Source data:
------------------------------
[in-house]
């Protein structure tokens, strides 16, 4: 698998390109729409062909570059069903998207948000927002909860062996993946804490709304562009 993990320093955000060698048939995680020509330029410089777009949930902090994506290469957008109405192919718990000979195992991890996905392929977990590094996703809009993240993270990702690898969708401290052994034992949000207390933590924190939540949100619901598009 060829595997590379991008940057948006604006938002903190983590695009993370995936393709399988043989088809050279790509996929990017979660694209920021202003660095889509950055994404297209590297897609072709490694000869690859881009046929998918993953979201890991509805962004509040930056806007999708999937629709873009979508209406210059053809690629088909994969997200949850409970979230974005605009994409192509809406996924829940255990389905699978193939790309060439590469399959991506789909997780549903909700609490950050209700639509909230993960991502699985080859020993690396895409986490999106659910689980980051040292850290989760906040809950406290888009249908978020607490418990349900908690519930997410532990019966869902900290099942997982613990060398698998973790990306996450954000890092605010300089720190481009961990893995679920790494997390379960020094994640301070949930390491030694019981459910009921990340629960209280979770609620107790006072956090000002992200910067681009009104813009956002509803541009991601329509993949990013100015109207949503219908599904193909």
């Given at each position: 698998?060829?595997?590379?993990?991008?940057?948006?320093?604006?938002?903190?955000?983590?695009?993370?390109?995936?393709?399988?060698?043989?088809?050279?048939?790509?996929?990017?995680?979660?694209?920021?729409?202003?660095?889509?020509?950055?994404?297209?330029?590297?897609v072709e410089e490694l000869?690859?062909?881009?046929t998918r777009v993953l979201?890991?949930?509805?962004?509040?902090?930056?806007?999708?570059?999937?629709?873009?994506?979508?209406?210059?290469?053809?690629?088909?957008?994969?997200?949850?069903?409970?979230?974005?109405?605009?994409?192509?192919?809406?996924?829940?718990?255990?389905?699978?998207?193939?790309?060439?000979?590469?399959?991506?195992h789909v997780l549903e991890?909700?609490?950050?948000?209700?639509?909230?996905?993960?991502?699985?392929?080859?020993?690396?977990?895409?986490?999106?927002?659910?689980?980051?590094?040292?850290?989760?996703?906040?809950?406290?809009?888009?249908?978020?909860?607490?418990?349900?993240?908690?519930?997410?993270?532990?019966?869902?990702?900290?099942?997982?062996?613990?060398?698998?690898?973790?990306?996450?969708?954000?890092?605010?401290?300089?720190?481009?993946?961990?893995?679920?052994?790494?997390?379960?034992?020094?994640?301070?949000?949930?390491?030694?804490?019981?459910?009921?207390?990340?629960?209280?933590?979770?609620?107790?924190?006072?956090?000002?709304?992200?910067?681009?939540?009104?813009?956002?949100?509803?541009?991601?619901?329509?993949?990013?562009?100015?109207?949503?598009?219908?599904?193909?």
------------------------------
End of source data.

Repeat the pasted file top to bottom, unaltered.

[in-house]
């Protein structure tokens, strides 16, 4: 698998390109729409062909570059069903998207948000927002909860062996993946804490709304562009 993990320093955000060698048939995680020509330029410089777009949930902090994506290469957008109405192919718990000979195992991890996905392929977990590094996703809009993240993270990702690898969708401290052994034992949000207390933590924190939540949100619901598009 060829595997590379991008940057948006604006938002903190983590695009993370995936393709399988043989088809050279790509996929990017979660694209920021202003660095889509950055994404297209590297897609072709490694000869690859881009046929998918993953979201890991509805962004509040930056806007999708999937629709873009979508209406210059053809690629088909994969997200949850409970979230974005605009994409192509809406996924829940255990389905699978193939790309060439590469399959991506789909997780549903909700609490950050209700639509909230993960991502699985080859020993690396895409986490999106659910689980980051040292850290989760906040809950406290888009249908978020607490418990349900908690519930997410532990019966869902900290099942997982613990060398698998973790990306996450954000890092605010300089720190481009961990893995679920790494997390379960020094994640301070949930390491030694019981459910009921990340629960209280979770609620107790006072956090000002992200910067681009009104813009956002509803541009991601329509993949990013100015109207949503219908599904193909």
């Given at each position: 698998?060829?595997?590379?993990?991008?940057?948006?320093?604006?938002?903190?955000?983590?695009?993370?390109?995936?393709?399988?060698?043989?088809?050279?048939?790509?996929?990017?995680?979660?694209?920021?729409?202003?660095?889509?020509?950055?994404?297209?330029?590297?897609v072709e410089e490694l000869?690859?062909?881009?046929t998918r777009v993953l979201?890991?949930?509805?962004?509040?902090?930056?806007?999708?570059?999937?629709?873009?994506?979508?209406?210059?290469?053809?690629?088909?957008?994969?997200?949850?069903?409970?979230?974005?109405?605009?994409?192509?192919?809406?996924?829940?718990?255990?389905?699978?998207?193939?790309?060439?000979?590469?399959?991506?195992h789909v997780l549903e991890?909700?609490?950050?948000?209700?639509?909230?996905?993960?991502?699985?392929?080859?020993?690396?977990?895409?986490?999106?927002?659910?689980?980051?590094?040292?850290?989760?996703?906040?809950?406290?809009?888009?249908?978020?909860?607490?418990?349900?993240?908690?519930?997410?993270?532990?019966?869902?990702?900290?099942?997982?062996?613990?060398?698998?690898?973790?990306?996450?969708?954000?890092?605010?401290?300089?720190?481009?993946?961990?893995?679920?052994?790494?997390?379960?034992?020094?994640?301070?949000?949930?390491?030694?804490?019981?459910?009921?207390?990340?629960?209280?933590?979770?609620?107790?924190?006072?956090?000002?709304?992200?910067?681009?939540?009104?813009?956002?949100?509803?541009?991601?619901?329509?993949?990013?562009?100015?109207?949503?598009?219908?599904?193909?």